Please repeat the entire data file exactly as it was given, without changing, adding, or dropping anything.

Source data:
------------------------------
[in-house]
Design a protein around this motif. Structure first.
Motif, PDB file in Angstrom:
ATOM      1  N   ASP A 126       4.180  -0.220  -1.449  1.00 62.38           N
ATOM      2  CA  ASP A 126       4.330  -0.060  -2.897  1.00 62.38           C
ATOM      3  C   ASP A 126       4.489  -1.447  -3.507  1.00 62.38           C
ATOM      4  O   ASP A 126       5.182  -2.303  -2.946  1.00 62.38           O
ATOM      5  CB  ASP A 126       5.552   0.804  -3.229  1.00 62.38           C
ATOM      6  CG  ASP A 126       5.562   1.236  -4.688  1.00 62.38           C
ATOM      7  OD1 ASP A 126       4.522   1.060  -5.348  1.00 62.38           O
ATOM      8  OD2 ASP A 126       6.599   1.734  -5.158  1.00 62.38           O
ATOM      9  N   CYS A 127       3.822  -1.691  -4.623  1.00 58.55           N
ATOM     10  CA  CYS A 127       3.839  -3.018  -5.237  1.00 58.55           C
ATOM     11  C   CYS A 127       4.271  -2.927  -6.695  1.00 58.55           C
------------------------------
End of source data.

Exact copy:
[in-house]
Design a protein around this motif. Structure first.
Motif, PDB file in Angstrom:
ATOM      1  N   ASP A 126       4.180  -0.220  -1.449  1.00 62.38           N
ATOM      2  CA  ASP A 126       4.330  -0.060  -2.897  1.00 62.38           C
ATOM      3  C   ASP A 126       4.489  -1.447  -3.507  1.00 62.38           C
ATOM      4  O   ASP A 126       5.182  -2.303  -2.946  1.00 62.38           O
ATOM      5  CB  ASP A 126       5.552   0.804  -3.229  1.00 62.38           C
ATOM      6  CG  ASP A 126       5.562   1.236  -4.688  1.00 62.38           C
ATOM      7  OD1 ASP A 126       4.522   1.060  -5.348  1.00 62.38           O
ATOM      8  OD2 ASP A 126       6.599   1.734  -5.158  1.00 62.38           O
ATOM      9  N   CYS A 127       3.822  -1.691  -4.623  1.00 58.55           N
ATOM     10  CA  CYS A 127       3.839  -3.018  -5.237  1.00 58.55           C
ATOM     11  C   CYS A 127       4.271  -2.927  -6.695  1.00 58.55           C